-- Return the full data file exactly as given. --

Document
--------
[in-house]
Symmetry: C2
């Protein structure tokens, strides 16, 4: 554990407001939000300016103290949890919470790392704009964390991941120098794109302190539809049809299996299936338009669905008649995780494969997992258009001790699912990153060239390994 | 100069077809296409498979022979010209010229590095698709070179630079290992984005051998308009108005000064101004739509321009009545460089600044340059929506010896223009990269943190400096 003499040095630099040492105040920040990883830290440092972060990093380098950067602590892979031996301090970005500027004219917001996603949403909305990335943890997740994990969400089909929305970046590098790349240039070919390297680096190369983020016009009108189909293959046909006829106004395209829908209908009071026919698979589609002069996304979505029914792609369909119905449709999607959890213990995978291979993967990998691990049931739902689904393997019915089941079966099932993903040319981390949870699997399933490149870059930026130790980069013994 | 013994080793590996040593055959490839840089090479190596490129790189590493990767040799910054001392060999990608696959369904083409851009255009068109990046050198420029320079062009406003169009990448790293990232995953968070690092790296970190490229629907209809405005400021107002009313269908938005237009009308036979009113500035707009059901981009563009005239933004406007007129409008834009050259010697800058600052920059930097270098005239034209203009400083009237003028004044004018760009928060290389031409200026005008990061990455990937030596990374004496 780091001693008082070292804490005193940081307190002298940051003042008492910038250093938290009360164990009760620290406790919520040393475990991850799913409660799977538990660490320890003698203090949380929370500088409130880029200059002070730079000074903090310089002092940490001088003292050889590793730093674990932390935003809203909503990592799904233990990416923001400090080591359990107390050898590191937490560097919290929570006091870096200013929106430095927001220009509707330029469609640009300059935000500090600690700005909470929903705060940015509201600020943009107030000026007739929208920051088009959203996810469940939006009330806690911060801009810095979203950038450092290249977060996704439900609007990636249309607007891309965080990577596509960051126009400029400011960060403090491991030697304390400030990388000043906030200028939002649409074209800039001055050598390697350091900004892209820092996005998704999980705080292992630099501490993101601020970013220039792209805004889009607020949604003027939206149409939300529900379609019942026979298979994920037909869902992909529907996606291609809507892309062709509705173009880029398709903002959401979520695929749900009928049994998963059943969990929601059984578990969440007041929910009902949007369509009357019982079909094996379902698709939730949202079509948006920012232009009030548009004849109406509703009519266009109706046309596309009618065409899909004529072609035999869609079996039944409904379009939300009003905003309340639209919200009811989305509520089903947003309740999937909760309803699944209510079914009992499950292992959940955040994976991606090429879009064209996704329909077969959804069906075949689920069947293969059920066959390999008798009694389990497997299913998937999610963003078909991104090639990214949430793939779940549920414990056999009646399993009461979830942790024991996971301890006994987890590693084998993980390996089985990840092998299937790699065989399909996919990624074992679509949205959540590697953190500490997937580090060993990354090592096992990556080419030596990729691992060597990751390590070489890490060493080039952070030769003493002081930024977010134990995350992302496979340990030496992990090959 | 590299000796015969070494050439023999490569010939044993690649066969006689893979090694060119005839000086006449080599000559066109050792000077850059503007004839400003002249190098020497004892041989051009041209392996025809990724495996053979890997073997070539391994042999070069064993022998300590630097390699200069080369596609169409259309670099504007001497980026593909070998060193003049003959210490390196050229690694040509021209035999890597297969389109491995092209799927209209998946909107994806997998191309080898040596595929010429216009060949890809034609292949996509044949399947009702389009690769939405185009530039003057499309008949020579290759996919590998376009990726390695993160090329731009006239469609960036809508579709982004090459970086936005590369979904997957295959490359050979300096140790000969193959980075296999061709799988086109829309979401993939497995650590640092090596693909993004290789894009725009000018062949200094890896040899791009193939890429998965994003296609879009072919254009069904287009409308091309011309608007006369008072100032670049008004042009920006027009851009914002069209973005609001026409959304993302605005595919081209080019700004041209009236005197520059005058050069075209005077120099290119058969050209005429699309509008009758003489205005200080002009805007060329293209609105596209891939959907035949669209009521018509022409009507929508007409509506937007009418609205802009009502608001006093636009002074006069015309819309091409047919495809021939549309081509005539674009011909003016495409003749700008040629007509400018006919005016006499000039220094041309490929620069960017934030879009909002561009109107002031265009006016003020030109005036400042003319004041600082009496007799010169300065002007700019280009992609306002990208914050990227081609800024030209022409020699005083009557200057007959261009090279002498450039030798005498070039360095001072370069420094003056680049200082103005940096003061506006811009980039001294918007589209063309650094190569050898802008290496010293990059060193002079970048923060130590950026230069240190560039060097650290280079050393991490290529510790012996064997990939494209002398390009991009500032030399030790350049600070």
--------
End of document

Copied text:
[in-house]
Symmetry: C2
């Protein structure tokens, strides 16, 4: 554990407001939000300016103290949890919470790392704009964390991941120098794109302190539809049809299996299936338009669905008649995780494969997992258009001790699912990153060239390994 | 100069077809296409498979022979010209010229590095698709070179630079290992984005051998308009108005000064101004739509321009009545460089600044340059929506010896223009990269943190400096 003499040095630099040492105040920040990883830290440092972060990093380098950067602590892979031996301090970005500027004219917001996603949403909305990335943890997740994990969400089909929305970046590098790349240039070919390297680096190369983020016009009108189909293959046909006829106004395209829908209908009071026919698979589609002069996304979505029914792609369909119905449709999607959890213990995978291979993967990998691990049931739902689904393997019915089941079966099932993903040319981390949870699997399933490149870059930026130790980069013994 | 013994080793590996040593055959490839840089090479190596490129790189590493990767040799910054001392060999990608696959369904083409851009255009068109990046050198420029320079062009406003169009990448790293990232995953968070690092790296970190490229629907209809405005400021107002009313269908938005237009009308036979009113500035707009059901981009563009005239933004406007007129409008834009050259010697800058600052920059930097270098005239034209203009400083009237003028004044004018760009928060290389031409200026005008990061990455990937030596990374004496 780091001693008082070292804490005193940081307190002298940051003042008492910038250093938290009360164990009760620290406790919520040393475990991850799913409660799977538990660490320890003698203090949380929370500088409130880029200059002070730079000074903090310089002092940490001088003292050889590793730093674990932390935003809203909503990592799904233990990416923001400090080591359990107390050898590191937490560097919290929570006091870096200013929106430095927001220009509707330029469609640009300059935000500090600690700005909470929903705060940015509201600020943009107030000026007739929208920051088009959203996810469940939006009330806690911060801009810095979203950038450092290249977060996704439900609007990636249309607007891309965080990577596509960051126009400029400011960060403090491991030697304390400030990388000043906030200028939002649409074209800039001055050598390697350091900004892209820092996005998704999980705080292992630099501490993101601020970013220039792209805004889009607020949604003027939206149409939300529900379609019942026979298979994920037909869902992909529907996606291609809507892309062709509705173009880029398709903002959401979520695929749900009928049994998963059943969990929601059984578990969440007041929910009902949007369509009357019982079909094996379902698709939730949202079509948006920012232009009030548009004849109406509703009519266009109706046309596309009618065409899909004529072609035999869609079996039944409904379009939300009003905003309340639209919200009811989305509520089903947003309740999937909760309803699944209510079914009992499950292992959940955040994976991606090429879009064209996704329909077969959804069906075949689920069947293969059920066959390999008798009694389990497997299913998937999610963003078909991104090639990214949430793939779940549920414990056999009646399993009461979830942790024991996971301890006994987890590693084998993980390996089985990840092998299937790699065989399909996919990624074992679509949205959540590697953190500490997937580090060993990354090592096992990556080419030596990729691992060597990751390590070489890490060493080039952070030769003493002081930024977010134990995350992302496979340990030496992990090959 | 590299000796015969070494050439023999490569010939044993690649066969006689893979090694060119005839000086006449080599000559066109050792000077850059503007004839400003002249190098020497004892041989051009041209392996025809990724495996053979890997073997070539391994042999070069064993022998300590630097390699200069080369596609169409259309670099504007001497980026593909070998060193003049003959210490390196050229690694040509021209035999890597297969389109491995092209799927209209998946909107994806997998191309080898040596595929010429216009060949890809034609292949996509044949399947009702389009690769939405185009530039003057499309008949020579290759996919590998376009990726390695993160090329731009006239469609960036809508579709982004090459970086936005590369979904997957295959490359050979300096140790000969193959980075296999061709799988086109829309979401993939497995650590640092090596693909993004290789894009725009000018062949200094890896040899791009193939890429998965994003296609879009072919254009069904287009409308091309011309608007006369008072100032670049008004042009920006027009851009914002069209973005609001026409959304993302605005595919081209080019700004041209009236005197520059005058050069075209005077120099290119058969050209005429699309509008009758003489205005200080002009805007060329293209609105596209891939959907035949669209009521018509022409009507929508007409509506937007009418609205802009009502608001006093636009002074006069015309819309091409047919495809021939549309081509005539674009011909003016495409003749700008040629007509400018006919005016006499000039220094041309490929620069960017934030879009909002561009109107002031265009006016003020030109005036400042003319004041600082009496007799010169300065002007700019280009992609306002990208914050990227081609800024030209022409020699005083009557200057007959261009090279002498450039030798005498070039360095001072370069420094003056680049200082103005940096003061506006811009980039001294918007589209063309650094190569050898802008290496010293990059060193002079970048923060130590950026230069240190560039060097650290280079050393991490290529510790012996064997990939494209002398390009991009500032030399030790350049600070």